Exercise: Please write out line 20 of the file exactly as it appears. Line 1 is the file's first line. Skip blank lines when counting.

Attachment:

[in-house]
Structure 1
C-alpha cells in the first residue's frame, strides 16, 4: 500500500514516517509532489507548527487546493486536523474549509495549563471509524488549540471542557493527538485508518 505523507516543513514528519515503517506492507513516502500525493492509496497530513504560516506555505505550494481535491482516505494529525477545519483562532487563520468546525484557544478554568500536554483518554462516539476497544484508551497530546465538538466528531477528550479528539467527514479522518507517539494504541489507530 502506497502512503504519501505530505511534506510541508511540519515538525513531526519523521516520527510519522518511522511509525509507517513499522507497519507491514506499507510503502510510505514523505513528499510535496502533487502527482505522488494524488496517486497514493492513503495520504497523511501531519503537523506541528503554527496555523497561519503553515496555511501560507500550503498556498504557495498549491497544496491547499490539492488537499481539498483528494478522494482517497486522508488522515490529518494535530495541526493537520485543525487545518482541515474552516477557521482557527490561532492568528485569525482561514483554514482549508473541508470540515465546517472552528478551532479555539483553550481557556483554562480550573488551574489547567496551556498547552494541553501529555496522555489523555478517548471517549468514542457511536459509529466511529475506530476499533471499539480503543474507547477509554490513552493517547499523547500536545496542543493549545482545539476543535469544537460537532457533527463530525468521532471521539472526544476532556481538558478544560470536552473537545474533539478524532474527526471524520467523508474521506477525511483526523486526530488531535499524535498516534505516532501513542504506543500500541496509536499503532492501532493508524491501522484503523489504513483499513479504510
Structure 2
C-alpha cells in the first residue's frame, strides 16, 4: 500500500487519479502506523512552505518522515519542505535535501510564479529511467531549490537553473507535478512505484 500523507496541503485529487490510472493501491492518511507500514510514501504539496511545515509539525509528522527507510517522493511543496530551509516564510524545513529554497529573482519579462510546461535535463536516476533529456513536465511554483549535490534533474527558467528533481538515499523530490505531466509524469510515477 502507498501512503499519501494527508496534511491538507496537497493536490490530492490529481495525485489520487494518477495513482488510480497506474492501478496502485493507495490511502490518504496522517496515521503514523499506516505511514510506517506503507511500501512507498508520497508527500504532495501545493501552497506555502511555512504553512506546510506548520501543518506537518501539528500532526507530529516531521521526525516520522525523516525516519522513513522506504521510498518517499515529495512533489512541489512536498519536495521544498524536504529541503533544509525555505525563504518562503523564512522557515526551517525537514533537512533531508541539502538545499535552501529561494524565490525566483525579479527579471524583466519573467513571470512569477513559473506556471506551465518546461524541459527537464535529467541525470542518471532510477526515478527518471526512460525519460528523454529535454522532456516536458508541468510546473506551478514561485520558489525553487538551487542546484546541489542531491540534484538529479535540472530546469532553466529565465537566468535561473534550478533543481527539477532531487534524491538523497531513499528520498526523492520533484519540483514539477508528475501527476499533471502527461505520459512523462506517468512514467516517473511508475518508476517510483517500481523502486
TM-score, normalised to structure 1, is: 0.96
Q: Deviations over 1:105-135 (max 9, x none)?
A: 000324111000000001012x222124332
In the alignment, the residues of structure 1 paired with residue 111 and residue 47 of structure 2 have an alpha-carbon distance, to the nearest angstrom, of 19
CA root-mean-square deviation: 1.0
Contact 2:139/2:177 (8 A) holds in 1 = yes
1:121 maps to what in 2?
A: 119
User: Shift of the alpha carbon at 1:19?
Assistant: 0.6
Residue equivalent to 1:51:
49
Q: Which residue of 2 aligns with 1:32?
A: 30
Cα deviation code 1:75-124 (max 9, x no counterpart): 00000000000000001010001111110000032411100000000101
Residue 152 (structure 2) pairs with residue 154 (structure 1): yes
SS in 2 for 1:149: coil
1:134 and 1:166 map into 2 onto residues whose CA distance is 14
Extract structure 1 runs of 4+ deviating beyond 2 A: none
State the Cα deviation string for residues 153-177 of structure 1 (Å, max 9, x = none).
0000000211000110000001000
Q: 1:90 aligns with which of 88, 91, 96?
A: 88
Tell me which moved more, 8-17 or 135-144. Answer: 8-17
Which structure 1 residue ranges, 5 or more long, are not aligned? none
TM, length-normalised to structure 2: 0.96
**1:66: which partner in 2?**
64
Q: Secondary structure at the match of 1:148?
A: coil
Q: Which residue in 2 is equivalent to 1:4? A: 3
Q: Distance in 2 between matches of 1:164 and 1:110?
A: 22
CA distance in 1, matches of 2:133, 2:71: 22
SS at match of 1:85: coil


Cα deviation code 1:75-124 (max 9, x no counterpart): 00000000000000001010001111110000032411100000000101